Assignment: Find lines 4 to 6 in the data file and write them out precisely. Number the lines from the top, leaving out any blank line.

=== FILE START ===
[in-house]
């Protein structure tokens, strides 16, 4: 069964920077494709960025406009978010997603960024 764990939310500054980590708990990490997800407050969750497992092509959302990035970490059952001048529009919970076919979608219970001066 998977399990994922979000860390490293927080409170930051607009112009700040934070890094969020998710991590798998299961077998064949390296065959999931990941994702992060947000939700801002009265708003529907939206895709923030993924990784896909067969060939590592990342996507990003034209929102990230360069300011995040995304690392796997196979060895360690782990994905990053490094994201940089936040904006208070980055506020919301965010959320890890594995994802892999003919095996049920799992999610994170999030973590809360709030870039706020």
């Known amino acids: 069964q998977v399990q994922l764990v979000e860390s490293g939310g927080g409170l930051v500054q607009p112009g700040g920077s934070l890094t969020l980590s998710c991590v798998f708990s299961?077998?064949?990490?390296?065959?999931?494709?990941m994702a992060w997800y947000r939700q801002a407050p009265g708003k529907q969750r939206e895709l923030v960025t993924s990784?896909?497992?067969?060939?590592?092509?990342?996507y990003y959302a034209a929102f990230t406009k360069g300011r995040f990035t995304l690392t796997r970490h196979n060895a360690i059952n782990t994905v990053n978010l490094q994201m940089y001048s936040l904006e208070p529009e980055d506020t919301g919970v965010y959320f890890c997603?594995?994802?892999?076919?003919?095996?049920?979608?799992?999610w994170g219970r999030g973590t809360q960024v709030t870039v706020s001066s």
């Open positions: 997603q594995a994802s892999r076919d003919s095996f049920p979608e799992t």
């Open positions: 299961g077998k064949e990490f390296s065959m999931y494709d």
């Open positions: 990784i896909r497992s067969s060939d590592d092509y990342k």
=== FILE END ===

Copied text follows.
């Open positions: 997603q594995a994802s892999r076919d003919s095996f049920p979608e799992t």
């Open positions: 299961g077998k064949e990490f390296s065959m999931y494709d």
């Open positions: 990784i896909r497992s067969s060939d590592d092509y990342k």